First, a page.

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by Suzie Cyrenne February 23, 2015 10 min read2 Comments
So you really want to adopt a pet or an animal companion? Congratulations! You’ll be in for an exciting and fun time which can change your life for better (or for worse!). We bet that you can’t wait to have another family member and we salute you for considering opening your home to another creature; however, are you truly prepared and ready to adopt a pet?
Oftentimes, we think of pet or animal companions as simple creatures which we can just get or buy and everything will be smooth-sailing; but really, that kind of thinking is what fairy-tale adoption stories are made of. While it is true that some animal and human matches are simply made in heaven, it won’t hurt to first assess and ensure that you’re all set for adopting another creature. You see, the reason why some pet adoptions don’t go well is because of unrealistic expectations and lack of research about the animal to be adopted. To help you out with all of that, we made our very own zumalka list of considerations before adopting pet as part of our ultimate guide to pet adoption series. Without further ado, below are the 10 things you must consider before adopting an animal:
Have you asked yourself why you want a pet? Oftentimes, people adopt animals for the sole reason they are cute or wanted to surprise a family member. Some people adopt a pet to give it a good home or to have some companionship. These reasons are not good enough people! While your heart may be in the right place when you decide to adopt an animal, you also have to set realistic expectations and have the right reasons.
What kind of reasons are right? If you wanted to surprise a family member who wants to have a Labrador (just an example), you should also consider how ready that person is to take care of that animal physically, emotionally, and financially. If you want to adopt an animal for yourself for companionship, you have to come to terms with the fact that the animal may not provide you with the warmth of friendship you’re craving. Even friendly breeds can have an occasional snob amongst their ranks.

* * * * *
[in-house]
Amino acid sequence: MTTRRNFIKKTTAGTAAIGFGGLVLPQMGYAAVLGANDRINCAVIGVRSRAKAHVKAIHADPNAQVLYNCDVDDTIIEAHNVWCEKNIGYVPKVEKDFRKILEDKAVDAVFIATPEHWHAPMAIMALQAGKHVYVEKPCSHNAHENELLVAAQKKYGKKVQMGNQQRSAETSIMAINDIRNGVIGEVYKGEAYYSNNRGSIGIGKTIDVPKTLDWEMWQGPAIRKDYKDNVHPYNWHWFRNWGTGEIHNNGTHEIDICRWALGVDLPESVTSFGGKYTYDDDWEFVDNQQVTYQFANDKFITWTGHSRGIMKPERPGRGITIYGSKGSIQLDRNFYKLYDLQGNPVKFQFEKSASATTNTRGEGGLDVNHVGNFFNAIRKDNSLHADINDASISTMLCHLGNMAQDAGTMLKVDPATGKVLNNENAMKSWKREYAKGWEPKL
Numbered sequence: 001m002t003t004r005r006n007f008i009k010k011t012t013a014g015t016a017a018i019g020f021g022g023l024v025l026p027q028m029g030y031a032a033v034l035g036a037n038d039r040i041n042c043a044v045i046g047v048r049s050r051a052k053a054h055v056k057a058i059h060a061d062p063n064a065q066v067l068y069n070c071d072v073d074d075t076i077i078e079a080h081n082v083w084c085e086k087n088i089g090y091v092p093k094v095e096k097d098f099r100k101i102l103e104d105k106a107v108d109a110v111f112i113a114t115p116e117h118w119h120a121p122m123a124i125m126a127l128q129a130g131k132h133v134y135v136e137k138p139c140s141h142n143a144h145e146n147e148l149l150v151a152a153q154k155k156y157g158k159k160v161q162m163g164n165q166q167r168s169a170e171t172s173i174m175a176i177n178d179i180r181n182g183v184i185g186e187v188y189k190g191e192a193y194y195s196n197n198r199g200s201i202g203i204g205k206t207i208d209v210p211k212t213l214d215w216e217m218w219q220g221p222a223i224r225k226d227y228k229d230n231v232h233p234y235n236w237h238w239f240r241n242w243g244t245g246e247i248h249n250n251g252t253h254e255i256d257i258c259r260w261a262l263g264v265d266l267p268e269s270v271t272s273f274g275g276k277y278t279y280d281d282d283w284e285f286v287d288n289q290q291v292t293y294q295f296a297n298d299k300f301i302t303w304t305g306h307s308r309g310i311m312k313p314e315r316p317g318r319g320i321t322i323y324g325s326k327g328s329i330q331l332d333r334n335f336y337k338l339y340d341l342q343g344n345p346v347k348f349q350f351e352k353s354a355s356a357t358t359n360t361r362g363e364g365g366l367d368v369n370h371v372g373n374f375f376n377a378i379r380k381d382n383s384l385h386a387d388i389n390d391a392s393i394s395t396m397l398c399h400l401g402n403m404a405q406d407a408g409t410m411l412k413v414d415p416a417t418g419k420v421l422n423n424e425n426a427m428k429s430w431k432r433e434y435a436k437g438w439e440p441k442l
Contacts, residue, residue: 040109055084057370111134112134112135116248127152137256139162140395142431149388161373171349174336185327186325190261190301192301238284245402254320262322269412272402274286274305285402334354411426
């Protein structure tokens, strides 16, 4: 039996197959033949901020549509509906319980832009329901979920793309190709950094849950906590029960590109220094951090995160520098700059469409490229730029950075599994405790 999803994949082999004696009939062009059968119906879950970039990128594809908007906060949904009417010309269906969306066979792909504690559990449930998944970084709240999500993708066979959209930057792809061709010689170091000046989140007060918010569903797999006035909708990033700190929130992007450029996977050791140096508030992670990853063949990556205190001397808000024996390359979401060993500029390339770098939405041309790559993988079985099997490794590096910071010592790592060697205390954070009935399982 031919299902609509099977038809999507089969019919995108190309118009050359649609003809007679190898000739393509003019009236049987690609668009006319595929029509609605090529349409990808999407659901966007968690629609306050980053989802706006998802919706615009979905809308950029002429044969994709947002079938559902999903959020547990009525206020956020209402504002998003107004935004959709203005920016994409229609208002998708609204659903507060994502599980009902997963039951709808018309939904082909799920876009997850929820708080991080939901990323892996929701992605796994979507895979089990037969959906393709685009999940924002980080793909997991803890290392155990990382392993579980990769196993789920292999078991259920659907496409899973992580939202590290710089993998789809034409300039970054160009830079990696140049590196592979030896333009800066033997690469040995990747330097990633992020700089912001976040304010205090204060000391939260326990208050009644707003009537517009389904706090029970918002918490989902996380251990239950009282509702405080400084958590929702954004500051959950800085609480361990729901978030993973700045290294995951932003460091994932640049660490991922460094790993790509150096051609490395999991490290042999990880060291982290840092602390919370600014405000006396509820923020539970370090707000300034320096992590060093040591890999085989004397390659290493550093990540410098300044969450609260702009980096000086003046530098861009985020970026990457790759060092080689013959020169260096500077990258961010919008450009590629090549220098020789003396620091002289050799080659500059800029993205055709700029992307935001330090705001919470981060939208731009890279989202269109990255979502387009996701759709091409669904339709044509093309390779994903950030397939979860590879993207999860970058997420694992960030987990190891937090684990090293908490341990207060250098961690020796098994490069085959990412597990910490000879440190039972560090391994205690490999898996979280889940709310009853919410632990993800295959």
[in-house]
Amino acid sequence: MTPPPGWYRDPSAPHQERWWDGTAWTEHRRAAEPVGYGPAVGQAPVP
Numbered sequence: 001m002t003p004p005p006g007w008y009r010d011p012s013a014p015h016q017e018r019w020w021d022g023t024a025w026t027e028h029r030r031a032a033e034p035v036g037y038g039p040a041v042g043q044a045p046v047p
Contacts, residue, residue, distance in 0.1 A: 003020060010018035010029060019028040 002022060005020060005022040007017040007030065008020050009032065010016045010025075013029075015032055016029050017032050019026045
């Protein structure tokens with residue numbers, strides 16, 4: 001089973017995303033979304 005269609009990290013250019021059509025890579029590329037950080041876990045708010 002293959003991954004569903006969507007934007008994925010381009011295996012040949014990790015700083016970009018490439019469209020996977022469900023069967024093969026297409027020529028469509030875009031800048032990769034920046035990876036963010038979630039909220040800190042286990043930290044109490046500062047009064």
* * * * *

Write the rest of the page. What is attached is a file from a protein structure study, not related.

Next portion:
So what reasons are not so right? Reasons for adopting which are questionable are: adopting an animal to teach a child a lesson, adopting just because the pet is cute, or adopting an animal just because you feel sorry for it. Jen Daley of Pet Dog Adoption shares, “Don’t adopt based on a sad story. The animal will feel it.”
How much time do you have to care for an animal on a daily basis? This is a serious issue for most pet owners. Why? Because even a lonely hermit crab or a single goldfish takes up some of your time! Once you have a pet or has taken an animal under your care, you cannot do some of the things you are used to doing without considering how it will affect the time you can spend with your pet and how the pet will be taken care of.
Want to go on an extended vacation or simply take off to some exotic location on a whim? When you have an animal depending on you for its needs (yes, even the hermit crab needs some TLC from you!), your days of true spontaneity would be gone as you would almost always need to arrange for some sort of pet nanny whenever you’ll be gone for an extended period of time. Not just that, some animals (like dogs) are social creatures and would need daily interaction and/or exercise with you. Think of that before grabbing the cutest animal you see for adoption.